When Lorraine Buhannic joined Squarespace as Director of Talent Acquisition & Development, in October 2017, the staff numbered about 550. Four months later the company employs 775 people, and it shows no signs of slowing growth.
Squarespace is in a pivotal high-growth phase, which can be as terrifying as it is exciting: How does a company maintain its innovative spirit and strong culture even as it ramps up hiring to accommodate future growth? Here, Buhannic shares what she looks for Squarespace hires. It boils down to potential.
Buhannic is a “huge believer” in hiring for potential. “It probably has something to do with the fact that I grew up as a campus recruiter, but I feel so passionately about this,” she says. “I know it’s tempting to hire for skills only: ‘If they haven’t led a team, if they haven’t worked with X technology, I don’t even want to talk to them.’” In Buhannic’s experience, some of the best hires of her career didn’t have the background on paper and ended up having great success.
But hiring for intangibles can be difficult – by definition, they’re not expressly found on a resume. So Buhannic follows a four-part process:
Part 1: At the beginning of the search, “find the bullseye – define what that perfect candidate looks like on paper. That’s the easy part.”
Part 2: But next, you have to determine what’s truly a must-have, and which qualities or experiences are a nice-to-have. “Even if at first you think four aspects are must-haves, when you really drill down you might find it’s really only two that are truly required.”
Part 3: Scan resumes for signs of high engagement. “On my last team, at [advertising tech company] AppNexus, we hired a lot of people who had never done recruiting before,” Buhannic says. “So in that case, we looked for signs of leadership, giving back to the community, moving up in their positions, showing a dedication to something they care about — above the average person’s level.”
Part 4: Look for passion during the interview. Hiring for potential requires more work, and that’s especially true when it comes time to conduct the interview, Buhannic says. “The extra effort is worth it: I’d prefer to hire the person who will be perfect for the job in six months and stick with it, rather than someone who’ll be ready to hit the ground running month one but will be bored a few months later.”
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Buhannic seeks that passion in part by asking interviewees to walk through their schooling and career arc – paying close attention to how they made each decision. “Choosing what you do after high school is the first real decision you make as an adult,” Buhannic says. “So much in that experience that shows your point of view and what drives you.”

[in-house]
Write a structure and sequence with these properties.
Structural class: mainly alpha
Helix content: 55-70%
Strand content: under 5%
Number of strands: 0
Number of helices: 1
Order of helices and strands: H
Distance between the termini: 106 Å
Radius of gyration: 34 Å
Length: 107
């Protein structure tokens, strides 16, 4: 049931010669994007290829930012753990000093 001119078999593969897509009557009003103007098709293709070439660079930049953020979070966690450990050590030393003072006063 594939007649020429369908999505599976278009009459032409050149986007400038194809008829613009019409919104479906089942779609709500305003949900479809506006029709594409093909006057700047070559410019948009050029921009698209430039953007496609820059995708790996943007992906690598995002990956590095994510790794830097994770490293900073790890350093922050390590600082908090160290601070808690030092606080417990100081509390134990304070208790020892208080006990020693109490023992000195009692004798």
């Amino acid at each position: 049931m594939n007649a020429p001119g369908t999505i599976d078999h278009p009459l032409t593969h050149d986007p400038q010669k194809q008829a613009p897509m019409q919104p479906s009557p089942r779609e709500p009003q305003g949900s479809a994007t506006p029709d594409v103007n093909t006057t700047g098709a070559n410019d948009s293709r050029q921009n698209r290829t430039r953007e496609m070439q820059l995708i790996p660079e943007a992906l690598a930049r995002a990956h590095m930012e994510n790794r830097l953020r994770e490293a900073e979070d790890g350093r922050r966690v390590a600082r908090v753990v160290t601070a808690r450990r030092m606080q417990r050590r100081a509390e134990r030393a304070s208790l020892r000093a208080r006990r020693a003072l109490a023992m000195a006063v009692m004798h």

She asks the candidate to walk her through the rest of their career decisions, too, looking for strong motivation, a pattern of always striving for more, and an ability to reflect intelligently.
“Do this well, and clear themes emerge about people’s natural tendencies, which will show you who’s a good fit,” Buhannic says. “And the benefit is dual: I learn things about people who could potentially join my team that will help me be a better manager.”
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“It’s a huge challenge to maintain that strong connective tissue as you go from a handful of employees to hundreds,” Buhannic says. “At a certain size, you start to need concrete processes in place to communicate changes and retain culture – so both staffers and potential applicants in the marketplace understand the goals and the workplace.”
2. Don’t be afraid to make organizational changes where needed.
Many companies may need to start by “getting their story told” in the marketplace to draw in job candidates, Buhannic says. But Squarespace had the opposite conundrum: With three times as many applicants as the industry standard, it was challenging for Buhannic and team to parse all of the resumes they received. So she spearheaded a new recruiting structure, adding a layer of associate-level staffers who tag the best candidates so senior recruiters can focus on hiring thoughtfully.
“When you’re hiring quickly, it’s easy to focus on volume,” Buhannic says. “Squarespace is rare in that it’s a culture that’s deeply thoughtful about diversity, but I find many companies don’t really implement this thinking until they’ve hit about 1,000 employees and then it’s kind of hard to retrofit. Inclusion needs to be a constant, not static: You need to always be aware of where the progress is, and which spots have room to grow.”
4. Create engaging learning and development tools.
Squarespace itself is in “a state of rapid expansion” in this area, Buhannic says, with plans to roll out a new high-impact onboarding program very soon. The company is also focused on creating more opportunities to empower managers by helping them develop long-term career plans –
5. Recognize that “what got us here won’t get us there,” as Buhannic puts it. At the hypergrowth stage, it’s important to appreciate the core company values that led to success. But some processes may need to be thrown out or changed in favor of future growth. “Those changes will be different for every company, and at Squarespace, frankly, I think we’re still figuring it out,” Buhannic says. “That conversation needs to be ongoing.” Squarespace is taking steps including working to codify its value proposition as an employer, surveying both staffers and management to identify “those core tenets that make us work well – so we can communicate that to applicants and also ensure that the culture is being maintained throughout the organization,” Buhannic says.